[Footnote 3: _Ibid_., p. 249.]

[Footnote 4: _Ibid_., p. 250.]

We have, however, sufficient evidence of large undertakings to educate
the colored people then finding homes in less turbulent parts beyond
the Ohio. In the first place, almost every settlement made by the
Quakers was a center to which Negroes repaired for enlightenment.
In other groups where there was no such opportunity, they had the
cooeperation of certain philanthropists in providing facilities for
their mental and moral development. As a result, the free blacks had
access to schools and churches in Hamilton, Howard, Randolph, Vigo,
Gibson, Rush, Tipton, Grant, and Wayne counties, Indiana,[1] and
Madison, Monroe, and St. Clair counties, Illinois. There were colored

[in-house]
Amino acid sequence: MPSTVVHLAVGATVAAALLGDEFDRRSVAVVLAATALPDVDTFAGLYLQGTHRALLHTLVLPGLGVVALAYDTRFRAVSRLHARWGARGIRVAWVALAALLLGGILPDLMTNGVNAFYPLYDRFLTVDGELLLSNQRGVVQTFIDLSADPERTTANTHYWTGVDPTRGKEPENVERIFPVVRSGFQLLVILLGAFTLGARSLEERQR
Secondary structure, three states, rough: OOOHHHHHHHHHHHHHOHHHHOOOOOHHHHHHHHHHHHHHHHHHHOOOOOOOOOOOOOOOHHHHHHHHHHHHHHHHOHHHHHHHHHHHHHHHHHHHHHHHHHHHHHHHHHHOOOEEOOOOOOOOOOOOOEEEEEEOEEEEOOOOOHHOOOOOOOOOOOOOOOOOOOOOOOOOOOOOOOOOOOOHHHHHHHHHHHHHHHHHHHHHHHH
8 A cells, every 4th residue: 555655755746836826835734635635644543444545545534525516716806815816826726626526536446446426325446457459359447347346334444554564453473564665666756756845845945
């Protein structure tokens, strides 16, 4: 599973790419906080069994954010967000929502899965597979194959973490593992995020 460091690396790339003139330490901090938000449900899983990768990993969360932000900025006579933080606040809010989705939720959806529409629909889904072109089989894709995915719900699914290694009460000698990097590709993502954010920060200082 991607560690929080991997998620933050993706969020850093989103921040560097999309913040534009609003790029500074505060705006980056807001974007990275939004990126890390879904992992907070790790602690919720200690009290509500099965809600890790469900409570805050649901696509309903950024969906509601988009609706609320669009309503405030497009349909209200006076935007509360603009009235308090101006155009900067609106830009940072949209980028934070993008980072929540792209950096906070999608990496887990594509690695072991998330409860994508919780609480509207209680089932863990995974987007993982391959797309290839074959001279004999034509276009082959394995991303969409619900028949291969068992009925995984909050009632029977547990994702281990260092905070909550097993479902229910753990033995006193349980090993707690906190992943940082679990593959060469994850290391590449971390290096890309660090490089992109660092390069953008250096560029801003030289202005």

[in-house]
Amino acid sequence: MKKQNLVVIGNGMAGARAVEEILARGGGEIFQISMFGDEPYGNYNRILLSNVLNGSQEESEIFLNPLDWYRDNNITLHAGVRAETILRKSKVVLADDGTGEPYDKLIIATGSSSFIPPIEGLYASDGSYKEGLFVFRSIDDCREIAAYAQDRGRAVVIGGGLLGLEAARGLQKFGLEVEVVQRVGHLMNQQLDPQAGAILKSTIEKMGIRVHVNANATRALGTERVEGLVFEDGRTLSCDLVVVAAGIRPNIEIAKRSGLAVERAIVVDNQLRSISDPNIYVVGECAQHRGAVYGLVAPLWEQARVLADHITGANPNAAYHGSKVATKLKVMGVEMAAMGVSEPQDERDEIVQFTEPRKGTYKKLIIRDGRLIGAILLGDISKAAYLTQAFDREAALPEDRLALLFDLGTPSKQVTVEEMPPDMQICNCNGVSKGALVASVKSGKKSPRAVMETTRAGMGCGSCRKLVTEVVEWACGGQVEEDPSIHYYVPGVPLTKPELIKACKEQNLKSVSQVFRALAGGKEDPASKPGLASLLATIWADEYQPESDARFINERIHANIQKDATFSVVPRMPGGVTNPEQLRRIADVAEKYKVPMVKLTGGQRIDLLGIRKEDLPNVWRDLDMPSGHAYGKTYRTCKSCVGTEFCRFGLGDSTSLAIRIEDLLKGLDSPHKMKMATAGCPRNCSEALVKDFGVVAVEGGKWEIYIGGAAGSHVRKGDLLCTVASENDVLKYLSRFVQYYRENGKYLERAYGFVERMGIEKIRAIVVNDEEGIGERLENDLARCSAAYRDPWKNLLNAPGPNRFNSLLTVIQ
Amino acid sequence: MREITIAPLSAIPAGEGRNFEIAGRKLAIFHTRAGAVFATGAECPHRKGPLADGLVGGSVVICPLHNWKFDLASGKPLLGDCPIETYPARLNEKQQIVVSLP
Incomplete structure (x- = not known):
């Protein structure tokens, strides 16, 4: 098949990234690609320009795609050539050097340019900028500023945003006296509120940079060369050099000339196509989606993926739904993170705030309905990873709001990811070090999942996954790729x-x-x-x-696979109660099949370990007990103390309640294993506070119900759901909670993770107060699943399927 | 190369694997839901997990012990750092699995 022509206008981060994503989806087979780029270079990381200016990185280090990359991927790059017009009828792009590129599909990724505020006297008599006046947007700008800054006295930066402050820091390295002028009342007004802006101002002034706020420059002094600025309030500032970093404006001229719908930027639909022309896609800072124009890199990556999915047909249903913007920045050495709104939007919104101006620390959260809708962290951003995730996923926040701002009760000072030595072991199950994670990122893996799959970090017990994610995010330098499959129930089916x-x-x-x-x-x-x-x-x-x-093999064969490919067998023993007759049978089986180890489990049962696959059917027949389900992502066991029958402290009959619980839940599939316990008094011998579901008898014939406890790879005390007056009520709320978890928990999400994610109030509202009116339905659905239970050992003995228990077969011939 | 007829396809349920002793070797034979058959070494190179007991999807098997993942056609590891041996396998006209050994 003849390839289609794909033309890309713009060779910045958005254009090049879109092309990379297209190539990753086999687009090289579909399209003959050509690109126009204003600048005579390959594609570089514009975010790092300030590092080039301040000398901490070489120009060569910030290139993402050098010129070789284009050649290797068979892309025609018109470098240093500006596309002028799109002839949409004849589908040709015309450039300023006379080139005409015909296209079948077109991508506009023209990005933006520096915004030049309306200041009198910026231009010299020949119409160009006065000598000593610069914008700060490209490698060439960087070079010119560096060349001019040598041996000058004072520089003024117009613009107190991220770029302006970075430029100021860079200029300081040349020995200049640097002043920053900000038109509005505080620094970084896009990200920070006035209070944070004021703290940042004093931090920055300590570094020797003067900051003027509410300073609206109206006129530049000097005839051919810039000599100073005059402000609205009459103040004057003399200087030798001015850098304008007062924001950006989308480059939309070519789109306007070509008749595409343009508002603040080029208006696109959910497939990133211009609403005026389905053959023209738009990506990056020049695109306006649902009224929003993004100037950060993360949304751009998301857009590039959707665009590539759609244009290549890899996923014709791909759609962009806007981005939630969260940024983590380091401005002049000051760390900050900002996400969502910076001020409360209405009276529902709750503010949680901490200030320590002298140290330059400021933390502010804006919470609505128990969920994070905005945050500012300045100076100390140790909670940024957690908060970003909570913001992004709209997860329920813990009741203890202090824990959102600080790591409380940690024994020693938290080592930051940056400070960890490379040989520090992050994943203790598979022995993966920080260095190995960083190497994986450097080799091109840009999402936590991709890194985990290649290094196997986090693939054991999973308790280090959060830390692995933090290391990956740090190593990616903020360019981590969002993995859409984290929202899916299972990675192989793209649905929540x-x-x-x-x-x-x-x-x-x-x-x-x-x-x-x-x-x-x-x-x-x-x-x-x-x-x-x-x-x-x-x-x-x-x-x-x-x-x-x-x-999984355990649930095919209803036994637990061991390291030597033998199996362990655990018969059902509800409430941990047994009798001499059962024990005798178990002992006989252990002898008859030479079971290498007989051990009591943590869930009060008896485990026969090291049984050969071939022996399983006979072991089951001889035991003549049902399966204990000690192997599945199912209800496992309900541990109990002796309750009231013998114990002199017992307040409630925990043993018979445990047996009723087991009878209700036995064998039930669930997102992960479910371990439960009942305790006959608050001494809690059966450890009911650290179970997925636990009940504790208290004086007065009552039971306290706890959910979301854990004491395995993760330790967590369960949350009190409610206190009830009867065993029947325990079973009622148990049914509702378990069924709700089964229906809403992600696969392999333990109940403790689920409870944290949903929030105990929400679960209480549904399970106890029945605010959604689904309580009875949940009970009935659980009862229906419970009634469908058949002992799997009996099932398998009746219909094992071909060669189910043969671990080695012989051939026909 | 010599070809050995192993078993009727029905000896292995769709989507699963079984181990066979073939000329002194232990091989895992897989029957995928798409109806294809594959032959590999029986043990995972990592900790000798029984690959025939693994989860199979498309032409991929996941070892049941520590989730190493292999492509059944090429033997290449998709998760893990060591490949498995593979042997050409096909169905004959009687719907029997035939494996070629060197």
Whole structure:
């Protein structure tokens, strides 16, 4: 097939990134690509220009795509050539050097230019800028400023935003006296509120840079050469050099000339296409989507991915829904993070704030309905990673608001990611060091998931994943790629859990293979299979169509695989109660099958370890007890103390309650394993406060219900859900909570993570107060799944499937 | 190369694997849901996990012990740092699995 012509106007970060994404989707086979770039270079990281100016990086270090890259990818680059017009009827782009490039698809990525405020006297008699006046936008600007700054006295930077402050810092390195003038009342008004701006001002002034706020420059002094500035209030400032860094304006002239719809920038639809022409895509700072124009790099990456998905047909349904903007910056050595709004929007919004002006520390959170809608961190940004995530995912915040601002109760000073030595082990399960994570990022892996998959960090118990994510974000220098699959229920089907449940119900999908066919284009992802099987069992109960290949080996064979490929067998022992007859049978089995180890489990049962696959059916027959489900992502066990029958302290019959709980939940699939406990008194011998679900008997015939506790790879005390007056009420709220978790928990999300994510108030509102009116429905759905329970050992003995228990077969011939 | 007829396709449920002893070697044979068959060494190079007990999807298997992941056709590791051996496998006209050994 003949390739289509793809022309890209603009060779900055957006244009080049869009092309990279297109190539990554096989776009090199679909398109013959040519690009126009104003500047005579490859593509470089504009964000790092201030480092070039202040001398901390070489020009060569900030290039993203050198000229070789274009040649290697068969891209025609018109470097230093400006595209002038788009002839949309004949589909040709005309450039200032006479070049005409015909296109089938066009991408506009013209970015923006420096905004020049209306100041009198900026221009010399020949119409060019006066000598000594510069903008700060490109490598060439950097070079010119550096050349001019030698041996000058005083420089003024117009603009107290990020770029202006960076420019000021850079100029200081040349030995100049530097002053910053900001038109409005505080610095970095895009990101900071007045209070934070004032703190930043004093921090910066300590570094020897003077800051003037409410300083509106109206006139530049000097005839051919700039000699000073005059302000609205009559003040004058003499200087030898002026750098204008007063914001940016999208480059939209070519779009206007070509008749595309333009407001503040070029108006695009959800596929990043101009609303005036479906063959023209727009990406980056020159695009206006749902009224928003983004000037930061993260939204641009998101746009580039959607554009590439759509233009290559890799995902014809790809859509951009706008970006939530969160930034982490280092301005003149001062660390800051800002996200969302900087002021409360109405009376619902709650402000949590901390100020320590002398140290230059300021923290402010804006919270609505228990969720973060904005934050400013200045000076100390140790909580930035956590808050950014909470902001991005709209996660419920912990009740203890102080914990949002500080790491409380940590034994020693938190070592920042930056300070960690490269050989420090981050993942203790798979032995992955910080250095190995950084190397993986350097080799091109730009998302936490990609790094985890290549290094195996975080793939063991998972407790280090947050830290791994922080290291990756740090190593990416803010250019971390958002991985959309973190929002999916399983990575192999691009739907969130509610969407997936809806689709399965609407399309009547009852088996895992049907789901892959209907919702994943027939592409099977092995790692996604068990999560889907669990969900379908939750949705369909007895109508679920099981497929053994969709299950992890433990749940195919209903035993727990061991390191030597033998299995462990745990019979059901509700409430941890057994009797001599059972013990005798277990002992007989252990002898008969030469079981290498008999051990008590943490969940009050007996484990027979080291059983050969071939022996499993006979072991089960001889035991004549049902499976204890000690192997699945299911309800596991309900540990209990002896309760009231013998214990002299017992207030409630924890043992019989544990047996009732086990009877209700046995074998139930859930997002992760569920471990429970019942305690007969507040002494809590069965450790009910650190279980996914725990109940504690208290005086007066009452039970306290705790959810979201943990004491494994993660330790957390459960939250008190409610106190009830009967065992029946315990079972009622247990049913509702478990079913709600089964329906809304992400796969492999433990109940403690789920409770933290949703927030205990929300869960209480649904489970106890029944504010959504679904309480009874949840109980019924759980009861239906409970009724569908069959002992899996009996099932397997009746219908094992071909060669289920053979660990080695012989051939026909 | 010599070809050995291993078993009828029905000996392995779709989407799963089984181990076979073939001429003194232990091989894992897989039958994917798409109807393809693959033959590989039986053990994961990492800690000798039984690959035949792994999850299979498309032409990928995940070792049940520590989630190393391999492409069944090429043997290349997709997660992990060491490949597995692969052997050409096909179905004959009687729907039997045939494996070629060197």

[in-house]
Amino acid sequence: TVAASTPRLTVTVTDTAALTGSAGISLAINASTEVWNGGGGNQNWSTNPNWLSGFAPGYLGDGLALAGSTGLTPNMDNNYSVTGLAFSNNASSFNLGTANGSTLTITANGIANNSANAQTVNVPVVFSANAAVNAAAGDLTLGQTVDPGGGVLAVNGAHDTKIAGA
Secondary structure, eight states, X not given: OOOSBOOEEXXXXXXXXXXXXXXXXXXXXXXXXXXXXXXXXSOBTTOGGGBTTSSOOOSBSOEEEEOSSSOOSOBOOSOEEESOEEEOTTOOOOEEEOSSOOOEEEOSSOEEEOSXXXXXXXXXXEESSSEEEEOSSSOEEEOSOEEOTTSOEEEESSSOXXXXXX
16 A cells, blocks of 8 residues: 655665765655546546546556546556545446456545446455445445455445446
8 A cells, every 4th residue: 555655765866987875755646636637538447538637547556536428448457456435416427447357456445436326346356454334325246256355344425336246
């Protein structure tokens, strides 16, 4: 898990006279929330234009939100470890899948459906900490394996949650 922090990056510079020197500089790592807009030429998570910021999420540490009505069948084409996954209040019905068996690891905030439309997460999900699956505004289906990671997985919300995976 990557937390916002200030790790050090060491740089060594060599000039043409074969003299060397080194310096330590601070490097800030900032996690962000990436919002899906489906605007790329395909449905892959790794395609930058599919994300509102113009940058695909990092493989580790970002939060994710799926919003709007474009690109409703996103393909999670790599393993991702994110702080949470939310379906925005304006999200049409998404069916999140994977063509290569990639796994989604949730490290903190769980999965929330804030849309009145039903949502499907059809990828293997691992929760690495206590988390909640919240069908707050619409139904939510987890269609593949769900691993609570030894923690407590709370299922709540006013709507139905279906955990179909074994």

schools and churches in Logan, Clark, Columbiana, Guernsey, Jefferson,
Highland, Brown, Darke, Shelby, Green, Miami, Warren, Scioto, Gallia,
Ross, and Muskingum counties, Ohio.[2] Augustus Wattles said that with
the assistance of abolitionists he organized twenty-five such schools
in Ohio counties after 1833.[3] Brown County alone had six. Not many
years later a Negro settlement in Gallia County, Ohio, was paying a
teacher fifty dollars a quarter.[4]

[Footnote 1: Wright, "Negro Rural Communities in Indiana," _Southern
Workman_, vol. xxxvii., p. 165; Boone, _The History of Education in
Indiana_, p. 237; and Simmons, _Men of Mark_, pp. 590 and 948.]

[Footnote 2: Simmons, _Men of Mark_, p. 948; and Hickok, _The Negro in
Ohio_, p. 85.]

[Footnote 3: Howe, _Historical Collections of Ohio_, p. 355.]

[Footnote 4: Hickok, _The Negro in Ohio_, p. 89.]

Still better colored schools were established in Pittsburgh,